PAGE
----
Japanese Grand Prix
The Japanese Grand Prix is synonymous with the words, excitement, thrilling and controversy. Since it hosted its first Formula One Japan has frequently been at the end of the season, and has been the scene of joy and heartbreak for years. The Japanese Grand Prix has seen many Championship crowns won and has seen many of them lost. So, with being the last race of the season, and an extremely challenging and nail biting circuit, the Suzuka Circuit has been host to a number of Championship decider races and seen title destinies fulfilled. The Suzuka Circuit, host of the Japanese Grand Prix, is completed in 53 laps and is a total race length of 307.57 kilometers.
Approximately forty miles outside Yokohama, lies the Fuji Speedway – the venue that hosted the very first Formula One Japanese Grand Prix, in the year 1976. The decider between legendary drivers Niki Lauda and James Hunt, shot this event to fame. Lauda had experienced a near fatal accident earlier in the racing season at the German Grand Prix. The track was overwhelmed by monsoon conditions, and Lauda chose to withdraw from the race. Hunt needed to take third position in order to win the championship, which he did. Hunt also won the 1977 Japanese Grand Prix. During the race Ronnie Peterson and Gilles Villeneuve collided with each other, which caused Villeneuve’s Ferrari to be thrown into a somersault that resulted in the death of a marshal. Formula One would not have the Japanese Grand Prix on their racing schedule, for the following decade.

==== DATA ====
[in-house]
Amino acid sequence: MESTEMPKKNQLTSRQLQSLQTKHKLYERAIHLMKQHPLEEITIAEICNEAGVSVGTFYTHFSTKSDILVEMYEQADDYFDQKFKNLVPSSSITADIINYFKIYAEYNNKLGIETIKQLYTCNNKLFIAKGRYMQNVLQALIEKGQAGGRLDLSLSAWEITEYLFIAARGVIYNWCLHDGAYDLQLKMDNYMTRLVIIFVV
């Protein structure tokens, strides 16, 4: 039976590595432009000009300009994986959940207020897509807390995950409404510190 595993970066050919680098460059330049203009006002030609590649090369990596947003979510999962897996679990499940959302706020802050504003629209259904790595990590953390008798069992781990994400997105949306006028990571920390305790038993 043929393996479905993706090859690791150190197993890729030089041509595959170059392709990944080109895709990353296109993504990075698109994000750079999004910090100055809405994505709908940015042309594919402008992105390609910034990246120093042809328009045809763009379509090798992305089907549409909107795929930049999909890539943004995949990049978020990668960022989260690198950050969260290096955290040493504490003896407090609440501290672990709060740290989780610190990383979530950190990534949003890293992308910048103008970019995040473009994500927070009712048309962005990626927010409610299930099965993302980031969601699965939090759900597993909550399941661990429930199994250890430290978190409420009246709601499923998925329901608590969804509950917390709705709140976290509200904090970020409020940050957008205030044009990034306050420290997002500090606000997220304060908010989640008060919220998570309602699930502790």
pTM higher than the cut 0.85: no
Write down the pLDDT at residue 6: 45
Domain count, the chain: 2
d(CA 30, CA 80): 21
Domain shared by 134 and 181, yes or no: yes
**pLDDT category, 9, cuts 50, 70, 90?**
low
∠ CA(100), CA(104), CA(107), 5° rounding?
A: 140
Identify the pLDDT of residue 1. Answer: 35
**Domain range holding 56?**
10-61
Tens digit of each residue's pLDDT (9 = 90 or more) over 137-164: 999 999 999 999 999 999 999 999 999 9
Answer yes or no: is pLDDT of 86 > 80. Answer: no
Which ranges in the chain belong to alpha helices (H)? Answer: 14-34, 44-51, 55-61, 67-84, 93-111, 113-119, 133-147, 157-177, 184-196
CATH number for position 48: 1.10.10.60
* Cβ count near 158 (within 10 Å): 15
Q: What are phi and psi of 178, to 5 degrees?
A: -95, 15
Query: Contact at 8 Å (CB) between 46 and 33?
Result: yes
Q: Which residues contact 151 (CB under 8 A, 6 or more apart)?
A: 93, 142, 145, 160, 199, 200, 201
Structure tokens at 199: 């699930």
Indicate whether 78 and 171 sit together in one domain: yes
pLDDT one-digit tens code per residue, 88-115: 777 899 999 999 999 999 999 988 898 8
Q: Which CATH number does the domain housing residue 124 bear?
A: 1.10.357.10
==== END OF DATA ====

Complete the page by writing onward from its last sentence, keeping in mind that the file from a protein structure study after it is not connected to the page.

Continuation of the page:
In 1987, the Formula One races returned to Japan, but this time, the venue was at Suzuka Circuit, located to the south west of Nagoya. Honda owned the track that was designed by John Hugenholtz, and was constructed inside a funfair. Honda used the Suzuka Circuit as a test track. It is also the only track on the Formula One circuit that is designed in a figure eight. And with the return of the Grand Prix, Suzuka did not disappoint. Nigel Mansell was set to win the Championship, but he unfortunately crashed his Williams-Honda, and Nelson Piquet, Mansell’s teammate, walked away with the championship. But amongst the different events, it is the feud that took place between legendary drivers Ayrton Senna and Alain Prost that will forever be etched into the history of the Japanese Grand Prix. The year was 1989, and Ayrton Senna was trying to overtake Prost. He needed to pass Prost if he was going to win the Championship. This risky move had Prost swerving into Senna, and both drivers out of the race. Alain Prost won the Championship. In 1990, Ayrton Senna repaid Prost by bumping him off the track, and winning his World Crown.
Suzuka was home to the nail-biting duels between Mika Hakkinen and Michael Schumacher, as well as being the scene of Schumacher’s first World Title, won for Ferrari. Due to the typhoon that was experienced in 2005, the FIA announced on 24 March 2006, that all future Japanese Grand Prix’s, will be held at the Fuji Speedway which had been redesigned by Hermann Tilke. Reportedly this news was not welcomed by drivers who counted Suzuka as one of their favorite tracks. In September 2007 it was announced that, beginning in 2009, the F1 Grand Prix would alternate between the two tracks.
The 2009 Japanese Grand Prix saw Lewis Hamilton take the victory in heavy rain. Second place was claimed by Heikki Kovalainen, with Kimi Räikkönen coming in third, making it the first time in F1 history that two Finnish drivers stood on the podium together. The 2008 Japanese Grand Prix was won by Fernando Alonso, with the 2009 victory going to Sebastian Vettel. The 2010 F1 Grand Prix will take place at Suzuka on 8-10 October, with spectators and drivers looking forward to seeing the action on one of the F1 Championship’s favorite tracks.